It’s been almost a year since India rolled out the goods and services tax (GST) amid intense intense debate over its impact on the economy. As the country gears up to mark the first anniversary of one of its biggest tax reforms since Independence, a Deloitte India survey shows that 77% Chief Financial Officers (CFOs) believe that tax has had a positive effect on their overall businesses.

Deloitte’s survey of 250 CFOs notes that GST has not only made the overall tax filing process simpler for them  but also benefited the revenue and supply chain. Additionally, 58% of the CFOs also saw an improvement in the ease of doing business, one of the goals of the new tax regime.

The top three challenges for CFOs in the past one year since the implementation of GST were increased regulatory compliance, technology upgradation, and increased working capital, says the survey. It is based on responses of listed and unlisted companies from both the private sector and PSUs as well as Indian and multinational companies.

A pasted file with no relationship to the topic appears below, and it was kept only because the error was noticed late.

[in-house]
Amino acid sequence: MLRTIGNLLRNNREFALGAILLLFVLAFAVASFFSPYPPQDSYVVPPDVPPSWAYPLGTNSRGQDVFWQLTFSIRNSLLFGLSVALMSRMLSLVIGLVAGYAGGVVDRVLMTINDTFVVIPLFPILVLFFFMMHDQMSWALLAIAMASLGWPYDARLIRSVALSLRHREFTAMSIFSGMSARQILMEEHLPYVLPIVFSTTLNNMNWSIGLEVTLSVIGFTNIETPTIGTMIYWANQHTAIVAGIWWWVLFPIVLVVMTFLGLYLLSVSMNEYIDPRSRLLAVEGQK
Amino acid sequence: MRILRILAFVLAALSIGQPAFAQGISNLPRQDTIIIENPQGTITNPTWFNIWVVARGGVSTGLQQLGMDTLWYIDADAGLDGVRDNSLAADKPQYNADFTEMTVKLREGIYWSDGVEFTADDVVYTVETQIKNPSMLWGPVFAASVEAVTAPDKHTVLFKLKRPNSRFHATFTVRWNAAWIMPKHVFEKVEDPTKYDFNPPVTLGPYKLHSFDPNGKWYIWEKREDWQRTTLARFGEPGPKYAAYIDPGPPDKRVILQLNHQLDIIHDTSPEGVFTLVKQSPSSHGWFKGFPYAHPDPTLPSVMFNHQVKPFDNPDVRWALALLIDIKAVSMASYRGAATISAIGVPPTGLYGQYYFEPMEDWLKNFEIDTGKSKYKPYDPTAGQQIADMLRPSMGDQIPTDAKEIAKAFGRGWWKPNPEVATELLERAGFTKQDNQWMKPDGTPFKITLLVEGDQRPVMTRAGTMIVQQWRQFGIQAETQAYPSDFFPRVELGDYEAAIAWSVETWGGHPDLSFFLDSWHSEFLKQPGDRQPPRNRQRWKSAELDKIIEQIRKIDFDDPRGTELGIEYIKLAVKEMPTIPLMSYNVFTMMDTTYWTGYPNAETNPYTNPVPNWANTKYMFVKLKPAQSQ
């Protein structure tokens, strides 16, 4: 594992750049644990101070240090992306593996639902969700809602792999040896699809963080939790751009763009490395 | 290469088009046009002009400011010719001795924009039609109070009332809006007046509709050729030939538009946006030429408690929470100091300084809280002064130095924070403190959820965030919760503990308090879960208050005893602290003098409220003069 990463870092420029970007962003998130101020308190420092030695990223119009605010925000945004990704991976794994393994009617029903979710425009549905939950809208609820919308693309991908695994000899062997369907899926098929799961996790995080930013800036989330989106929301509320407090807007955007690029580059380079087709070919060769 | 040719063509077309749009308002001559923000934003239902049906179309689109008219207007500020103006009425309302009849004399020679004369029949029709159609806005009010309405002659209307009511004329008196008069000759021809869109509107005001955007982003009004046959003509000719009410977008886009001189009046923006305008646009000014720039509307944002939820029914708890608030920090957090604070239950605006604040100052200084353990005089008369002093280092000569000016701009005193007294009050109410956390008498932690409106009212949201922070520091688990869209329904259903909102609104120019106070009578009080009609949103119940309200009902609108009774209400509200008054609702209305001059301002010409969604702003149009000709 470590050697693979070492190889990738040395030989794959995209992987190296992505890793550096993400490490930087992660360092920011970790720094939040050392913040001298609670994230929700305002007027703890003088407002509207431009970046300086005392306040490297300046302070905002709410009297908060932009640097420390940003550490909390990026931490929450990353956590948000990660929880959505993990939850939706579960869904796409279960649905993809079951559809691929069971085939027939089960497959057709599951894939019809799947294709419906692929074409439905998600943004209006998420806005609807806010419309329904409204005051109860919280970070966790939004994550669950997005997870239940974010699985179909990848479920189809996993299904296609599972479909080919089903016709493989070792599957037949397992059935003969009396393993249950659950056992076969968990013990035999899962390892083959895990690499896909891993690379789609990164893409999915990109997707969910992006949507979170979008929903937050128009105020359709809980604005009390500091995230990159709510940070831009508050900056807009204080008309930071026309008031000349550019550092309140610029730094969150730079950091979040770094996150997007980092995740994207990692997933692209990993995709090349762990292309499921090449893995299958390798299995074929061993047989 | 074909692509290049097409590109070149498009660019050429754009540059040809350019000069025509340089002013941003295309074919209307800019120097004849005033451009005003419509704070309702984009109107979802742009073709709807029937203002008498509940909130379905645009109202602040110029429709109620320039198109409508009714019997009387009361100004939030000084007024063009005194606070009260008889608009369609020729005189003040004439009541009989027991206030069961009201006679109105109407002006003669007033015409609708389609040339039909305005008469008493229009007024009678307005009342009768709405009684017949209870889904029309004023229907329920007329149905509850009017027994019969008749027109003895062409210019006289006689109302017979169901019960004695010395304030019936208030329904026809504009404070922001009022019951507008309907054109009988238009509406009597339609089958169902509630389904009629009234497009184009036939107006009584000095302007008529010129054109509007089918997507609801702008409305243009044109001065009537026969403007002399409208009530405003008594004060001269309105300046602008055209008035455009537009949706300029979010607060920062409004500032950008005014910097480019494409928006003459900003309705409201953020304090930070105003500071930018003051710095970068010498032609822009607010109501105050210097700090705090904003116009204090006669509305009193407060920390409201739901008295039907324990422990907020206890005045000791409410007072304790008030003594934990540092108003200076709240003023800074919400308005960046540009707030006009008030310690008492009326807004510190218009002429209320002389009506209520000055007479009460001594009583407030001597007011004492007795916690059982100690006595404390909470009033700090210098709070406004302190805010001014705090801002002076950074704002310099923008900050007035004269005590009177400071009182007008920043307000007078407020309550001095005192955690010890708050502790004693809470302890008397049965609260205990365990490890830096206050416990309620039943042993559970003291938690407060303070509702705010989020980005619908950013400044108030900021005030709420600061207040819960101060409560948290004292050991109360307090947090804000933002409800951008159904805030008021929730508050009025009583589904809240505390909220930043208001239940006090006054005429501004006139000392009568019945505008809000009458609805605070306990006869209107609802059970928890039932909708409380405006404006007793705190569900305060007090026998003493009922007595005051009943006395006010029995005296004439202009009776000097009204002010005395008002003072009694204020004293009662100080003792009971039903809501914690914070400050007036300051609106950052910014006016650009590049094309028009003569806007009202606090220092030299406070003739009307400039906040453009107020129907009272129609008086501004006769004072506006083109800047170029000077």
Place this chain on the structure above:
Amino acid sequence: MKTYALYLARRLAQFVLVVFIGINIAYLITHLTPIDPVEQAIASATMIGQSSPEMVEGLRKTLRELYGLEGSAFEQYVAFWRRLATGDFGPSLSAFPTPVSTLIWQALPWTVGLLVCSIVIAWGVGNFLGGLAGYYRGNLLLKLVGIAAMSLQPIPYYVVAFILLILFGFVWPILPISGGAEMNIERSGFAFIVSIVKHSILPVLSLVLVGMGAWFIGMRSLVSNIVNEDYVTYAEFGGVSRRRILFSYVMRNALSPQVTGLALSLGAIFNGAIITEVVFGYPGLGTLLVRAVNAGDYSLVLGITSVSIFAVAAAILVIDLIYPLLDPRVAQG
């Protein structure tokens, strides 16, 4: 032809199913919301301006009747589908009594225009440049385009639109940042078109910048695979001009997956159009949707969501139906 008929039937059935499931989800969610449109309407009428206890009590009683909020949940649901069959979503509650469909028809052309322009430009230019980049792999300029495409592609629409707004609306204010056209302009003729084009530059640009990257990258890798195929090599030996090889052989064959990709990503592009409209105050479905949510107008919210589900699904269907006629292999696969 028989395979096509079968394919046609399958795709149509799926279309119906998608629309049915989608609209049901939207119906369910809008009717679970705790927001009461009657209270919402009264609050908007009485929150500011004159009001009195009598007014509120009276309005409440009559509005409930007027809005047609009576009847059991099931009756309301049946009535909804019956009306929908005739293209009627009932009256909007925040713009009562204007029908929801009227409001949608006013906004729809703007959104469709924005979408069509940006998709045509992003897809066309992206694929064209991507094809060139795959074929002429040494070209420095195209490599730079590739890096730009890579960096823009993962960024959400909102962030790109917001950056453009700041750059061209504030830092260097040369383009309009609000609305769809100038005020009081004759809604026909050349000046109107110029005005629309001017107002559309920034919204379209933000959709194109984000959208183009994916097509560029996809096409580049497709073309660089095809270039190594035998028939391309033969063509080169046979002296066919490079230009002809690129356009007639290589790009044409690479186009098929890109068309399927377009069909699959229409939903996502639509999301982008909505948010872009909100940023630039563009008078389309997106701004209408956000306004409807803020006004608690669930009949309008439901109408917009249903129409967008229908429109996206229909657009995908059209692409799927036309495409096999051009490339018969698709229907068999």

“Introduction of GST necessitated a relook at the existing business models by CFOs," said Porus Doctor, partner, Deloitte India. “ It had far-reaching implications on business functions, where the impact was on taxation, finance, legal, IT systems and supply chain. Overall, GST’s value proposition has been appreciated by CFOs,” he added.

The CFOs were also optimistic about the short- and medium-term economic outlook. “While two-third of the respondents were positive about economic prospects in the near term, 94% were optimistic over the next two-three years”, says the survey.

GST replaced the complex web of indirect taxes at both the central and state level with a single tax regime, impacting not only the tax functions of organisations but also the overall functioning of business.

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